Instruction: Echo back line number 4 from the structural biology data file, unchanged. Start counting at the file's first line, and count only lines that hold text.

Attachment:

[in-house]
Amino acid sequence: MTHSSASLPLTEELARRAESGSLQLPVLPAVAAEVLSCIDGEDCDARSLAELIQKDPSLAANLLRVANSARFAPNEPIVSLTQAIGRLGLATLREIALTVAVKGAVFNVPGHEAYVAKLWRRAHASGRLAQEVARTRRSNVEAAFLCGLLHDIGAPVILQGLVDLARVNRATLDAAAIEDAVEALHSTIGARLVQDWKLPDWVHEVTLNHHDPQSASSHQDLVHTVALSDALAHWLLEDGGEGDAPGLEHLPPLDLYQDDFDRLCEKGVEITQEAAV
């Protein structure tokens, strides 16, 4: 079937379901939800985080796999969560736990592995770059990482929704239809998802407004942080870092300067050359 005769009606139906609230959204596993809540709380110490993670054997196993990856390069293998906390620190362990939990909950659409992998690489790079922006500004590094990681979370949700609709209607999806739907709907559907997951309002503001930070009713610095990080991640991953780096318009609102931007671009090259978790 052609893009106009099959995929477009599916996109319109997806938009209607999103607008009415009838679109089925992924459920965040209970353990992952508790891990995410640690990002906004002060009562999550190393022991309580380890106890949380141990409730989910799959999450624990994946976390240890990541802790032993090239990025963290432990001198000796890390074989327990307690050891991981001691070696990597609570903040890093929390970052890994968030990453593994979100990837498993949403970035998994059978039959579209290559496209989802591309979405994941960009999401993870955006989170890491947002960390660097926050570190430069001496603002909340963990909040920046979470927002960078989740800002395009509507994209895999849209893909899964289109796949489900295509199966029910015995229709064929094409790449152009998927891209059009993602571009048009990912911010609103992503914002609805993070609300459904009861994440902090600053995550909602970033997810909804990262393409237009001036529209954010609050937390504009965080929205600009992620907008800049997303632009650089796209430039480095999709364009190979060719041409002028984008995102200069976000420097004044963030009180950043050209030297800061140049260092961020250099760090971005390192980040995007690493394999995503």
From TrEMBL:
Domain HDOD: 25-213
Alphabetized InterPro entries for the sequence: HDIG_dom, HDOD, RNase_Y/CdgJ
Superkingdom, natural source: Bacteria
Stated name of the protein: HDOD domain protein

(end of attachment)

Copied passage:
From TrEMBL: